Royal Australian Air Force KC-30A acts as receiver from A310 tanker
Madrid, 12 July 2018 – Airbus Defence and Space has followed its earlier achievement in demonstrating Automatic Air-to-Air (A3R) refuelling of a fighter with another world-first – the same operation performed with a large receiver aircraft.
In a joint operation with the Royal Australian Air Force (RAAF), which is collaborating with Airbus in development of this pioneering technology, Airbus’ A310 company development tanker performed seven automatic contacts with a RAAF KC-30A Multi Role Tanker Transport, also made by Airbus.
The system requires no additional equipment on the receiver and is intended to reduce refuelling boom operator workload, improve safety, and optimise the rate of air-to-air refuelling (AAR) in operational conditions to maximise aerial superiority. Airbus has begun work towards introducing the system on the current production A330 Multi Role Tanker Transport (A330 MRTT).
During initial approach of the receiver, boom control is performed by the tanker’s Air Refuelling Operator (ARO) as usual. Innovative passive techniques such as image processing are then used to determine the receiver’s refuelling receptacle position and when the automated system is activated, a fully automated flight control system flies and maintains the boom aligned with the receiver’s receptacle. The telescopic beam inside the boom can be controlled in a range of ways including: manually by the ARO; a relative distance-keeping mode; or full auto-mode to perform the contact.
In the 20 June flight off the southern Spanish coast, the A310 tanker performed the scheduled seven contacts over a two-hour test period.
David Piatti, who again acted as Airbus Test ARO, or “boomer”, on the A310, said: “It was extremely impressive to see how accurately the A3R system tracks the receiver. It can be very useful to be able to refuel another tanker or transport, for example to extend its deployment range or to avoid taking fuel back to base, but it is also a challenging operation and this system has the potential to reduce workload and the risk involved.”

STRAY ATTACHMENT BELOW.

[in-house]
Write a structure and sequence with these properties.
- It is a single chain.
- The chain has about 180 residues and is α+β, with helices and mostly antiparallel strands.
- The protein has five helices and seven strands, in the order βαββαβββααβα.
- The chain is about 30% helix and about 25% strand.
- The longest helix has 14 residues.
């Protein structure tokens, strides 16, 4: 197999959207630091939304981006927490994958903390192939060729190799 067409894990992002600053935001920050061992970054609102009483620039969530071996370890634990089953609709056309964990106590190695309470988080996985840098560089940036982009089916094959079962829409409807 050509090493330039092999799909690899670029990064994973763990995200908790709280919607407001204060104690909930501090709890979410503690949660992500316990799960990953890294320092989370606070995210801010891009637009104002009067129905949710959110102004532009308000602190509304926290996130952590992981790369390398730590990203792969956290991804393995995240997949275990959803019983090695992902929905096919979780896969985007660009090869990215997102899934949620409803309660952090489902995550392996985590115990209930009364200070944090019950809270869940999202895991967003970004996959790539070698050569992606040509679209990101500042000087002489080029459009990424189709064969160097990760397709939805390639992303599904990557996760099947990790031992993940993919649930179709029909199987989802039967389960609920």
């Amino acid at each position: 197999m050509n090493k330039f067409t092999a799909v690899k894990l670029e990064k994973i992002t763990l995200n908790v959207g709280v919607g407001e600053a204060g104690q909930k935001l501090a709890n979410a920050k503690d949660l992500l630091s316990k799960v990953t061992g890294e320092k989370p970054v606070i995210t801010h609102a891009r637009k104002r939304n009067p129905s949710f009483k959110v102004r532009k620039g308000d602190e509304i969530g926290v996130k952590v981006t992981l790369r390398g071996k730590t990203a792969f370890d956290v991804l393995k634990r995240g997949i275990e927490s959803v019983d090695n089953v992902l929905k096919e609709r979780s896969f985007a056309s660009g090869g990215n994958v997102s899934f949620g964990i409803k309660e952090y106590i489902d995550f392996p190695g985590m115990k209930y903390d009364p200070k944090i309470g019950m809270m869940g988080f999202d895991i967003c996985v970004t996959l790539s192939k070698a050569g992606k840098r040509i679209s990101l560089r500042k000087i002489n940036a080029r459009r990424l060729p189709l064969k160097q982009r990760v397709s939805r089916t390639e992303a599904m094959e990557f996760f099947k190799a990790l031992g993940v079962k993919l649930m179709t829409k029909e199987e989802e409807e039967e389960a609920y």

The trial was conducted in conjunction with Test Pilots and Flight Test Engineers from the RAAF’s Aircraft Research and Development Unit (ARDU).
Squadron Leader Lawry Benier, Executive Officer for ARDU, said the RAAF were assisting Airbus Defence & Space on the development of A3R and other technologies to increase the utility of the KC-30A within a battlespace.
“It’s very encouraging to come to Spain and see the progress that’s been made with A3R, and be able to witness it firsthand refuelling our KC-30A,” Squadron Leader Benier said.
“Refuelling large receivers is a role RAAF has conducted extensively on operations and exercises, allowing us to extend the reach and responsiveness of our air mobility fleet, as well as keep surveillance aircraft in the air for longer.”
The photos show the first automatic contact between the A310 MRTT demonstrator and the KC-30A, and an emulation of what the image processing system “sees”. A video can be viewed and downloaded here.
Airbus is a global leader in aeronautics, space and related services. In 2017 it generated revenues of €67 billion and employed a workforce of around 129,000. Airbus offers the most comprehensive range of passenger airliners from 100 to more than 600 seats. Airbus is also a European leader providing tanker, combat, transport and mission aircraft, as well as one of the world’s leading space companies. In helicopters, Airbus provides the most efficient civil and military rotorcraft solutions worldwide.
About A330 MRTT
The Airbus Defence and Space A330 MRTT is the only new generation strategic tanker/transport aircraft combat-proven and available today. The large 111 tonnes/ 245,000 lb basic fuel capacity of the successful A330-200 airliner, from which it is derived, enables the A330 MRTT to excel in air-to-air refuelling missions without the need for any additional fuel tank.
The A330 MRTT is offered with a choice of proven air-to-air refuelling systems including an advanced Airbus Defence and Space Aerial Refuelling Boom System, and/or a pair of under-wing hose and drogue pods, and/or a Fuselage Refuelling Unit.
Thanks to its true wide-body fuselage, the A330 MRTT can also be used as a pure transport aircraft able to carry up to 300 troops, or a payload of up to 45 tonnes/99,000 lb. It can also easily be converted to accommodate up to 130 stretchers for Medical Evacuation (MEDEVAC). To-date, a total of 57 A330 MRTTs have been ordered by 11 nations (Australia, Belgium, France, Luxembourg, Netherlands, Norway, Saudi Arabia, Singapore, South Korea, the United Arab Emirates, and the United Kingdom), with two (Australia and Saudi Arabia) having already placed repeat orders.